The National Museum of Scotland overtook Edinburgh Castle as the most popular visitor attraction in Scotland last year, new figures have revealed.
In total, 1.81 million people visited the museum in Edinburgh, which opened ten new galleries in July 2016, a 15.5% rise on the previous year.
The Highlands showed a healthy increase in visitors, according to the figures from the Association of Scottish Visitor Attractions (ASVA).
Urquhart Castle and Loch Ness by Jacobite, which offers scenic cruises on the loch, recorded significant increases in visitor numbers of 14% and 15% respectively.
Highland Wildlife Park in Kingussie reported a 10% rise in numbers, while Culloden Battlefield Visitor Centre continued to benefit from media coverage generated by the ‘Outlander’ TV series, recording a 21% increase.
Almost 30 million visits were made to 249 ASVA members sites in Scotland in 2016, a rise of 6% on 2015 figures.
Edinburgh Castle welcomed 1.77 million people, up 13.4%.
National Museums Scotland director Dr Gordon Rintoul said: “I am delighted that the latest ASVA visitor figures have confirmed the National Museum of Scotland’s place as the most popular visitor attraction in Scotland.
“In addition, we recorded the highest-ever visitor numbers across all our sites with nearly 2.7 million visits.”
Four other sites welcomed more than one million visitors each, with Kelvingrove Art Gallery and Museum and the Riverside Museum, both in Glasgow, drawing more than 1.25 million people each.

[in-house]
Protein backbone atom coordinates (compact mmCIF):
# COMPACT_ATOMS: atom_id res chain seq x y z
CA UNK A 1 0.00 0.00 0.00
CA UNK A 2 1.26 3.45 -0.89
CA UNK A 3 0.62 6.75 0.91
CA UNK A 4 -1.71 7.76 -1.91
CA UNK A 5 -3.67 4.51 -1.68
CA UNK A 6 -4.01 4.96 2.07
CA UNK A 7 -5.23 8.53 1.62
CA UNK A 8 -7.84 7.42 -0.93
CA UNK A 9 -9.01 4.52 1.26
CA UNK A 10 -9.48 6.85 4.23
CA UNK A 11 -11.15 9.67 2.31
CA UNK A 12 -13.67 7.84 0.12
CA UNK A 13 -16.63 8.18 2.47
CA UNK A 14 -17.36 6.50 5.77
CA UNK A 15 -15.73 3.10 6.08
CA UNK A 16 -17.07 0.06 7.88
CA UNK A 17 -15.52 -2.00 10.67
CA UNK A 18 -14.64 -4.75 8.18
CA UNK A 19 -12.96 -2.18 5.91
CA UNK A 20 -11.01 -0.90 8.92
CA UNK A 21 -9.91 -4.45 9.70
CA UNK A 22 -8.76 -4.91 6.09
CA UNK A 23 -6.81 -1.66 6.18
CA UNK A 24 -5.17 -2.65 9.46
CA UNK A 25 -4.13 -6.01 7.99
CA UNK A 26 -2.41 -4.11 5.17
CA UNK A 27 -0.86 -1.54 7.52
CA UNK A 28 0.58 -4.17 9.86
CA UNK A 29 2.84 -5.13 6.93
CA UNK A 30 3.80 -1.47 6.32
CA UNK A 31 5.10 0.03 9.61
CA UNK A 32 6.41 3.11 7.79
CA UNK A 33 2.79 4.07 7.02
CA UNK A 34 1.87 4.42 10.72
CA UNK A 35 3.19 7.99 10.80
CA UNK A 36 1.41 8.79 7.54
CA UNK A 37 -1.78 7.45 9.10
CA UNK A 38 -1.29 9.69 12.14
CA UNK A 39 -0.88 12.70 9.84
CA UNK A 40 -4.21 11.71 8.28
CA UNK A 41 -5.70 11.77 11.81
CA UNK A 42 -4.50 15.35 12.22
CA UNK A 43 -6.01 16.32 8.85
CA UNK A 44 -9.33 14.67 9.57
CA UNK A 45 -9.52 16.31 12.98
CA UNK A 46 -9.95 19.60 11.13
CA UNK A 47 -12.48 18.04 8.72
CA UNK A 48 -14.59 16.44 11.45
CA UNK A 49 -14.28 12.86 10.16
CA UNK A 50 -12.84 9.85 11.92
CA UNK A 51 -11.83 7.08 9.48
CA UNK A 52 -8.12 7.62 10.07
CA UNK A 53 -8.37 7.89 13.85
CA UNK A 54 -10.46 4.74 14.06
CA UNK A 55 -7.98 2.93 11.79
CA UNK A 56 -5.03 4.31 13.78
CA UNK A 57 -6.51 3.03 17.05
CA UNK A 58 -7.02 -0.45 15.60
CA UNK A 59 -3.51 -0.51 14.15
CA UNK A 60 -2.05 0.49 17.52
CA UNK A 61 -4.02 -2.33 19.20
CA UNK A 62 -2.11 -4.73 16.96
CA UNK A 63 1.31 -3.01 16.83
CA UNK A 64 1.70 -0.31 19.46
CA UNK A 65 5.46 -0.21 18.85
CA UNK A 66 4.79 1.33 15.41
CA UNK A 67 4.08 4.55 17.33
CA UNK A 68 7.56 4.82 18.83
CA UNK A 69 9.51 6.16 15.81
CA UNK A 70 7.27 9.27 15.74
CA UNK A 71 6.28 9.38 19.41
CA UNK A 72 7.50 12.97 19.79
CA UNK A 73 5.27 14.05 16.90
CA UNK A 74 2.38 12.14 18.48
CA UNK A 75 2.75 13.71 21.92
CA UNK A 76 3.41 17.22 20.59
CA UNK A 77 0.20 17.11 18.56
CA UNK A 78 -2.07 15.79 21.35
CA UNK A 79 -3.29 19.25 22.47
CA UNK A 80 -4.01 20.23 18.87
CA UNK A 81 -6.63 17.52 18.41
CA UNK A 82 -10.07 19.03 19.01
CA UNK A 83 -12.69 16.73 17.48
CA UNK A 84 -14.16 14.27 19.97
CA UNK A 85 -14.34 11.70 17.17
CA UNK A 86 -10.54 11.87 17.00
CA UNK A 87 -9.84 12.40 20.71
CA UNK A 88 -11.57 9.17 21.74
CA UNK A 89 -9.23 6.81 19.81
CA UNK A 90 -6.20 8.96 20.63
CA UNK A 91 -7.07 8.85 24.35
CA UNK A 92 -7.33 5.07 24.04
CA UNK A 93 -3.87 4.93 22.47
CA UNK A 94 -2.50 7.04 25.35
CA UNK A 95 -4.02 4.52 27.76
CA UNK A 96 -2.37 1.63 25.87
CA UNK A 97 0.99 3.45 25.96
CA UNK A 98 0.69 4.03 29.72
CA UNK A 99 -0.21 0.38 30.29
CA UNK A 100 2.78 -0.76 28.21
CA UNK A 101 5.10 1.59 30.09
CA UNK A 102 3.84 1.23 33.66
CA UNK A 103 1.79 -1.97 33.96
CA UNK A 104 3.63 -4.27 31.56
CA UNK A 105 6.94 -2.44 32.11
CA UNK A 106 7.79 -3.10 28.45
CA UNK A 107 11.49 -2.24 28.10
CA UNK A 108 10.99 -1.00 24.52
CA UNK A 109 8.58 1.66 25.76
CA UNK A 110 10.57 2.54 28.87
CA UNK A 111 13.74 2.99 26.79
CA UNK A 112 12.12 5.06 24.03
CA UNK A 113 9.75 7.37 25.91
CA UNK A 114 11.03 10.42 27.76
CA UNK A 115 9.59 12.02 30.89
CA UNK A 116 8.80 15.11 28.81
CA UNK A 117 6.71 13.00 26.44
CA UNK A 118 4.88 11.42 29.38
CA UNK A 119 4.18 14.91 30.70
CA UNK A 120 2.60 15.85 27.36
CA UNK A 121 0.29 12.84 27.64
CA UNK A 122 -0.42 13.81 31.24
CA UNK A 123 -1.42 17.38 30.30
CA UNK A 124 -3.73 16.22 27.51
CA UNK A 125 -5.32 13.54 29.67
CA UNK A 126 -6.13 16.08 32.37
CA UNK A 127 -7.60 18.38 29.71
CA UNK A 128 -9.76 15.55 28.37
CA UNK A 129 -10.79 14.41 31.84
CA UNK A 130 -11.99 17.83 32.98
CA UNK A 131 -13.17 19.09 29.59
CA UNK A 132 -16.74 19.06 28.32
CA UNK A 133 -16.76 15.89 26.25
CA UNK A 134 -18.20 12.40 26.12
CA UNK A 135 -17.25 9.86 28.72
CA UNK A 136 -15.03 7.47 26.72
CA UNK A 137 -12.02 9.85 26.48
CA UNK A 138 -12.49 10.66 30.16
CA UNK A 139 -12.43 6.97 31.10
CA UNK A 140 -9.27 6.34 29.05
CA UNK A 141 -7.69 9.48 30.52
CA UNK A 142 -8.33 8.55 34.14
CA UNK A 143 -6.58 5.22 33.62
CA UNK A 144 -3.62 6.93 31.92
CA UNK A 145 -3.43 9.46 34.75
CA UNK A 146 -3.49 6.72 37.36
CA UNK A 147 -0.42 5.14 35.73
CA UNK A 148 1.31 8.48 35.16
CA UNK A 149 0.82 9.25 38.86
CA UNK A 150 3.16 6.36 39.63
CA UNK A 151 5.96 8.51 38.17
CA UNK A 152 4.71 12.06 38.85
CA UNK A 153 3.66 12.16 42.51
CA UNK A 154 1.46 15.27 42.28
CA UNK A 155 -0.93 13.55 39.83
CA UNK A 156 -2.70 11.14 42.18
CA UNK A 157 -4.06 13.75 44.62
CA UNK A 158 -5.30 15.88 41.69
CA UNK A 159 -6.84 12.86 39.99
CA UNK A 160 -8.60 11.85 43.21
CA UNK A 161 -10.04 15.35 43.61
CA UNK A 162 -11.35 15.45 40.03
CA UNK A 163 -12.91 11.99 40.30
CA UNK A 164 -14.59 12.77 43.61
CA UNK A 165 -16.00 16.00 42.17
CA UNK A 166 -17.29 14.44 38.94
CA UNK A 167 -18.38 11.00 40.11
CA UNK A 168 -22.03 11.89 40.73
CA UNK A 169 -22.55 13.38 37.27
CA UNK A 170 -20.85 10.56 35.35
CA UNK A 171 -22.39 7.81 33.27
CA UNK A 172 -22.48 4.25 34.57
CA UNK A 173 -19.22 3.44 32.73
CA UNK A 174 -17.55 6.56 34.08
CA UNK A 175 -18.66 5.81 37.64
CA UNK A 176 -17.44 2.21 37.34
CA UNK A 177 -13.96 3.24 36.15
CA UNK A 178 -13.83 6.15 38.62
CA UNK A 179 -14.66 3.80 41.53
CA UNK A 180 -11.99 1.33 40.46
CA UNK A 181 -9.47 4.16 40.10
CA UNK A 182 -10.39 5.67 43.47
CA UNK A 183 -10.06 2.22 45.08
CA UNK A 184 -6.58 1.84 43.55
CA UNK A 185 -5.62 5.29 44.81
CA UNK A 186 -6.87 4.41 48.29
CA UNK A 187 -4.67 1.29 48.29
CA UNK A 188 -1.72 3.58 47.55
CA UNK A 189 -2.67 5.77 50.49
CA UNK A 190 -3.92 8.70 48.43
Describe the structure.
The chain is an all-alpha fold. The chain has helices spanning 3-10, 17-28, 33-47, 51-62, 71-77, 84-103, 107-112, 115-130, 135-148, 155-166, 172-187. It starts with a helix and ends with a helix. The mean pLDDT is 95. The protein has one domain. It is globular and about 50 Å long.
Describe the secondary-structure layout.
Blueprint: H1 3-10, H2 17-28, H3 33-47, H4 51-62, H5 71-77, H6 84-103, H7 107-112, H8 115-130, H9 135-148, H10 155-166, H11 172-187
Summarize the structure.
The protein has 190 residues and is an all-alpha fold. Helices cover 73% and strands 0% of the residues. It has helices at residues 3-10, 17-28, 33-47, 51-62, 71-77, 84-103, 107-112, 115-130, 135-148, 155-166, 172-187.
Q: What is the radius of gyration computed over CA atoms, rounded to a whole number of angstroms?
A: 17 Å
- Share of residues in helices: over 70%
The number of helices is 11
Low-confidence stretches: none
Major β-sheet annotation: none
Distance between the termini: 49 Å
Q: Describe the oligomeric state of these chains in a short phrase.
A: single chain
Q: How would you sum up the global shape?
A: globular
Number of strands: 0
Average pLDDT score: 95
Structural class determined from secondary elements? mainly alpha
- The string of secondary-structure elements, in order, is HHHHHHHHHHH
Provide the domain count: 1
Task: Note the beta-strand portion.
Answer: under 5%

The Scottish National Gallery and St Giles’ Cathedral, both in Edinburgh, drew 1.54 million and 1.17 million visitors respectively.
Eleven of the top 20 attractions were located in the capital, compared with nine in 2015.
Sites outside the top 20 also celebrated successes.
The Black Watch Castle & Museum in Perth and Kinross saw a 1,248% rise in visitor numbers, largely on the back of “Weeping Window”, a sculpture featuring thousands of handmade ceramic poppies commemorating those who died in the First World War.
Last year, 195,301 people visited the museum, up from 14,483 visitors in 2015.
Culture Secretary Fiona Hyslop said: “It is fantastic that Scottish visitor attractions recorded another successful year in 2016, with almost 30 million visits to some of Scotland’s most popular and iconic tourist sites.
“I commend the sterling work of ASVA in creating quality visitor experiences and building Scotland’s reputation as a top tourist destination for visitors from around the world.”
ASVA chair Douglas Walker said the figures demonstrated that the visitor attractions sector in Scotland is in “robust health”.